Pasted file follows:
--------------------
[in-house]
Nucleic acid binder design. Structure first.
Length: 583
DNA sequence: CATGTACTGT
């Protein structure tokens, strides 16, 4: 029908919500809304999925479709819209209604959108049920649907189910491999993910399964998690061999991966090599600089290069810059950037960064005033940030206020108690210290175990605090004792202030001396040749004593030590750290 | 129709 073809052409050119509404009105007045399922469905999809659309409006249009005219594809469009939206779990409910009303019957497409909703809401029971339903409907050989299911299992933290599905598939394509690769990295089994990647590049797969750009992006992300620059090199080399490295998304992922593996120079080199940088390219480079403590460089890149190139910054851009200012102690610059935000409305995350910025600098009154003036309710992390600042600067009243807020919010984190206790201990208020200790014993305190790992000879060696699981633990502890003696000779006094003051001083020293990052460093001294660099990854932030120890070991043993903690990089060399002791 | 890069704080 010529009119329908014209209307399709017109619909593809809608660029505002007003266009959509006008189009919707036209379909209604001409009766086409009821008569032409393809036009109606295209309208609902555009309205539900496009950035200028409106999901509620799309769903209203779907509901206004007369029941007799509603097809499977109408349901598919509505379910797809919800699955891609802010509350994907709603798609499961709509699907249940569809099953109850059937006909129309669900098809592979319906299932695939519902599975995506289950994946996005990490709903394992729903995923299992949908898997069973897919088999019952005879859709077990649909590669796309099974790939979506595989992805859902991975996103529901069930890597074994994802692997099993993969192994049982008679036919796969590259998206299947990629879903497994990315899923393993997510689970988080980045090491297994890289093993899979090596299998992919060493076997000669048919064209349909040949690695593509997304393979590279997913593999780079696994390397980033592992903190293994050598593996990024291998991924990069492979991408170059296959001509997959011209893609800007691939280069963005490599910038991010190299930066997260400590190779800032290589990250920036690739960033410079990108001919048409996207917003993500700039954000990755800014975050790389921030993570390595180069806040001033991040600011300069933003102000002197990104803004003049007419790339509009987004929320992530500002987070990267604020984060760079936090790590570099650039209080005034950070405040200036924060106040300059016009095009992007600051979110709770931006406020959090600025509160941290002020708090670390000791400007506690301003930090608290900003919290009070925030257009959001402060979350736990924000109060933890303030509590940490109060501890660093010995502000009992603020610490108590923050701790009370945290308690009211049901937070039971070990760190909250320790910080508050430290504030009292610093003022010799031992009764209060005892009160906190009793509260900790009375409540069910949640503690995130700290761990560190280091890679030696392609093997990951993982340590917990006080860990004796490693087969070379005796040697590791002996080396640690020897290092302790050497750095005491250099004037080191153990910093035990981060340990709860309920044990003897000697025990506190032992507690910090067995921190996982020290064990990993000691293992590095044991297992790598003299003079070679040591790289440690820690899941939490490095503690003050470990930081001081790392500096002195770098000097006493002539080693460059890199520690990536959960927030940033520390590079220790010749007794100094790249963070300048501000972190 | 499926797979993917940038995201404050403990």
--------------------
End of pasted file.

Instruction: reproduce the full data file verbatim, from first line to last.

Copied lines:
[in-house]
Nucleic acid binder design. Structure first.
Length: 583
DNA sequence: CATGTACTGT
């Protein structure tokens, strides 16, 4: 029908919500809304999925479709819209209604959108049920649907189910491999993910399964998690061999991966090599600089290069810059950037960064005033940030206020108690210290175990605090004792202030001396040749004593030590750290 | 129709 073809052409050119509404009105007045399922469905999809659309409006249009005219594809469009939206779990409910009303019957497409909703809401029971339903409907050989299911299992933290599905598939394509690769990295089994990647590049797969750009992006992300620059090199080399490295998304992922593996120079080199940088390219480079403590460089890149190139910054851009200012102690610059935000409305995350910025600098009154003036309710992390600042600067009243807020919010984190206790201990208020200790014993305190790992000879060696699981633990502890003696000779006094003051001083020293990052460093001294660099990854932030120890070991043993903690990089060399002791 | 890069704080 010529009119329908014209209307399709017109619909593809809608660029505002007003266009959509006008189009919707036209379909209604001409009766086409009821008569032409393809036009109606295209309208609902555009309205539900496009950035200028409106999901509620799309769903209203779907509901206004007369029941007799509603097809499977109408349901598919509505379910797809919800699955891609802010509350994907709603798609499961709509699907249940569809099953109850059937006909129309669900098809592979319906299932695939519902599975995506289950994946996005990490709903394992729903995923299992949908898997069973897919088999019952005879859709077990649909590669796309099974790939979506595989992805859902991975996103529901069930890597074994994802692997099993993969192994049982008679036919796969590259998206299947990629879903497994990315899923393993997510689970988080980045090491297994890289093993899979090596299998992919060493076997000669048919064209349909040949690695593509997304393979590279997913593999780079696994390397980033592992903190293994050598593996990024291998991924990069492979991408170059296959001509997959011209893609800007691939280069963005490599910038991010190299930066997260400590190779800032290589990250920036690739960033410079990108001919048409996207917003993500700039954000990755800014975050790389921030993570390595180069806040001033991040600011300069933003102000002197990104803004003049007419790339509009987004929320992530500002987070990267604020984060760079936090790590570099650039209080005034950070405040200036924060106040300059016009095009992007600051979110709770931006406020959090600025509160941290002020708090670390000791400007506690301003930090608290900003919290009070925030257009959001402060979350736990924000109060933890303030509590940490109060501890660093010995502000009992603020610490108590923050701790009370945290308690009211049901937070039971070990760190909250320790910080508050430290504030009292610093003022010799031992009764209060005892009160906190009793509260900790009375409540069910949640503690995130700290761990560190280091890679030696392609093997990951993982340590917990006080860990004796490693087969070379005796040697590791002996080396640690020897290092302790050497750095005491250099004037080191153990910093035990981060340990709860309920044990003897000697025990506190032992507690910090067995921190996982020290064990990993000691293992590095044991297992790598003299003079070679040591790289440690820690899941939490490095503690003050470990930081001081790392500096002195770098000097006493002539080693460059890199520690990536959960927030940033520390590079220790010749007794100094790249963070300048501000972190 | 499926797979993917940038995201404050403990």